With the 2010 Census under its belt, the Census Bureau last week released the first set of state population counts for 2011. The news wasn’t heartening. After a decade in which the United States registered its lowest population growth rate since the Great Depression, the 0.73 percent rise in U.S. population from 2010 to 2011 marked the lowest annual growth rate since 1945.
This demographic low point coincides with the smallest immigration level since 1991, a noticeable downturn in fertility, and a continuing decline in internal migration. The weak labor market seems to be giving potential immigrants pause, and putting a hold on childbearing decisions. At the same time, the aging Baby Boom generation, now past its prime childbearing years, is contributing to a long-run trend of declining natural population increase.
While some might welcome slowed population growth, it is nonetheless a worrisome trend for a few reasons. First, the ability of the United States to maintain high and rising standards of living will depend in part on keeping a large share of its population in the workforce. That in turn requires growth to replenish our younger, working-age ranks. Second, those younger workers are crucial for the nation’s ability to provide needed support for a growing older population. And third, population growth itself is a reflection of our society’s optimism about current and future opportunities.
Perhaps just as troubling as the national growth slowdown is its geographic pervasiveness. Already, we knew that a handful of Sunbelt states were suffering from migration whiplash. Florida, Arizona, and Nevada in particular benefited greatly from the mid-decade housing bubble. Their explosive population growth turned out to be short-lived as housing values began to plummet in late 2006, recession set in, and foreclosures skyrocketed.
The new figures show, however, that the growth slowdown has spread beyond the bubble-then-bust areas. Growth has slowed sharply in states that seemed relatively immune from mid-decade housing gyrations like Georgia, North Carolina, and Colorado, as employment opportunities in a variety of industries contracted and mortgage credit began to dry up. Idaho, Utah, and Tennessee are exhibiting similar trends.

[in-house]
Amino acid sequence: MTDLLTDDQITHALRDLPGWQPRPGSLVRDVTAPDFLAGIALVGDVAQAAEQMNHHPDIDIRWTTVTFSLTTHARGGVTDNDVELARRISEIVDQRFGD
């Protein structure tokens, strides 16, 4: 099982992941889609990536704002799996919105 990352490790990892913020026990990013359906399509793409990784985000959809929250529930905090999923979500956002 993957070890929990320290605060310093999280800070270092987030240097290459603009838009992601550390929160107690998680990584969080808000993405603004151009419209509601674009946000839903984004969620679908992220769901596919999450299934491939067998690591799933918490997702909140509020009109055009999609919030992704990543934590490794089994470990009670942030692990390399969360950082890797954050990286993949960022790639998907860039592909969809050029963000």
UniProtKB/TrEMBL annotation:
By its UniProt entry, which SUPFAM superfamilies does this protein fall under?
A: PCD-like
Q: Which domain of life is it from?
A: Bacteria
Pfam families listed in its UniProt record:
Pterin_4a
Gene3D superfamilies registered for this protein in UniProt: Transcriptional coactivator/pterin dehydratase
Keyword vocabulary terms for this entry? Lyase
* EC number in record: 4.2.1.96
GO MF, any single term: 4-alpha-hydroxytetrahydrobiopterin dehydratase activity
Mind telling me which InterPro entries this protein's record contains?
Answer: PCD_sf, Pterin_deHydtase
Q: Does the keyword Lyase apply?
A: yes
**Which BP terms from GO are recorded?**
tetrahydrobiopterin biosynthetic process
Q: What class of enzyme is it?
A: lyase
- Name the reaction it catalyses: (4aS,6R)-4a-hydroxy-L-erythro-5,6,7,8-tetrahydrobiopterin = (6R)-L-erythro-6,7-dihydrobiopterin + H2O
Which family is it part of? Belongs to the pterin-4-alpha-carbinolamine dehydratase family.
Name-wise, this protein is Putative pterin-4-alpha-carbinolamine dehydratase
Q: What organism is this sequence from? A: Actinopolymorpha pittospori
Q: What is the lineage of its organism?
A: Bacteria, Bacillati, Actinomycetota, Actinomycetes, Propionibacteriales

Even Texas, the hands-down winner of the 2010 Census sweepstakes, is registering notably slower growth than in recent years. The Lone Star state did lead all other states (though not the District of Columbia) in growth last year, but its top-ranked growth rate of 1.6 percent in 2010-2011 pales in comparison to Nevada’s top-ranked rate of 3.7 percent in 2005-2006. Back then, 13 states grew at a rate exceeding Texas’ rate last year.
Population growth has even slowed considerably from earlier years of our economic doldrums. Thirty-six (36) states grew more slowly in 2010-2011 than in any of the previous three years. Of those, 21 are in South and West regions. Moreover, of the 24 states that gained in-migrants in the first year of the recession (2007-2008), 20 gained fewer last year, including Texas, North Carolina, and Colorado.
One noteworthy turnaround is the state of Florida, which registered unprecedented out-migration from 2007 to 2009. These first population estimates since then, which show a net in-migration to Florida of 108,000 from 2009 to 2011, coupled with an increased population growth rate, suggest that the state’s real estate-driven economic collapse may have bottomed out. At the same time, Arizona and Nevada show few signs of revival, with Nevada registering more net out-migration and slower population growth than in previous years.
A few states stand out for recent increases in population growth. North Dakota and Alaska, with strong energy-driven economies and low unemployment rates, ranked among the top seven states for population growth two years running. With widespread unemployment, people seem more willing to move to the few booming places on the map, irrespective of their unfamiliarity, distance, or climate.
The continued migration slowdown, coupled with economic woes that are spreading across broader parts of the country, are dampening population growth almost everywhere, including longstanding Sunbelt magnets. When the economy eventually does pick up, there will be a pent-up demand for moving both into and across the country. The latest numbers give frustratingly few clues as to where these new migrant draws will be.
|1||District of Columbia||0.63||0.65||1.02||2.07||2.06||2.14|